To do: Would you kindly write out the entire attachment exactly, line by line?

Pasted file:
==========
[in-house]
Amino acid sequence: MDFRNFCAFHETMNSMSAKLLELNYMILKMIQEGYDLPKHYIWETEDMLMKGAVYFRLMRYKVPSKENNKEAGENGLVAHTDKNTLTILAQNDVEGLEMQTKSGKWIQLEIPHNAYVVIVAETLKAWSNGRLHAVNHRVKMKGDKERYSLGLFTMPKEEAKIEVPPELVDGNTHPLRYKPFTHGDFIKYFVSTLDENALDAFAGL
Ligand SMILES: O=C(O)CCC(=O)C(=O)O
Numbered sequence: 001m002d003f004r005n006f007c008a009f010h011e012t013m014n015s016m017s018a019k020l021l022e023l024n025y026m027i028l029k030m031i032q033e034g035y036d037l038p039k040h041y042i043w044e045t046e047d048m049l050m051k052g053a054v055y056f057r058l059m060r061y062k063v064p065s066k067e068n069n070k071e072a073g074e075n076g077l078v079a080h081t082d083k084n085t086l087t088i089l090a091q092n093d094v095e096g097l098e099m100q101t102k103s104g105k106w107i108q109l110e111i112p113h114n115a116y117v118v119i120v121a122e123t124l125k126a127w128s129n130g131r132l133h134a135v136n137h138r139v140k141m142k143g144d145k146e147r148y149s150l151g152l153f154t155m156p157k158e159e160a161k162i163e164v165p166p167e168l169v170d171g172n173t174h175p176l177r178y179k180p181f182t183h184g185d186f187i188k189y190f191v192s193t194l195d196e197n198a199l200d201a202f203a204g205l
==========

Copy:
[in-house]
Amino acid sequence: MDFRNFCAFHETMNSMSAKLLELNYMILKMIQEGYDLPKHYIWETEDMLMKGAVYFRLMRYKVPSKENNKEAGENGLVAHTDKNTLTILAQNDVEGLEMQTKSGKWIQLEIPHNAYVVIVAETLKAWSNGRLHAVNHRVKMKGDKERYSLGLFTMPKEEAKIEVPPELVDGNTHPLRYKPFTHGDFIKYFVSTLDENALDAFAGL
Ligand SMILES: O=C(O)CCC(=O)C(=O)O
Numbered sequence: 001m002d003f004r005n006f007c008a009f010h011e012t013m014n015s016m017s018a019k020l021l022e023l024n025y026m027i028l029k030m031i032q033e034g035y036d037l038p039k040h041y042i043w044e045t046e047d048m049l050m051k052g053a054v055y056f057r058l059m060r061y062k063v064p065s066k067e068n069n070k071e072a073g074e075n076g077l078v079a080h081t082d083k084n085t086l087t088i089l090a091q092n093d094v095e096g097l098e099m100q101t102k103s104g105k106w107i108q109l110e111i112p113h114n115a116y117v118v119i120v121a122e123t124l125k126a127w128s129n130g131r132l133h134a135v136n137h138r139v140k141m142k143g144d145k146e147r148y149s150l151g152l153f154t155m156p157k158e159e160a161k162i163e164v165p166p167e168l169v170d171g172n173t174h175p176l177r178y179k180p181f182t183h184g185d186f187i188k189y190f191v192s193t194l195d196e197n198a199l200d201a202f203a204g205l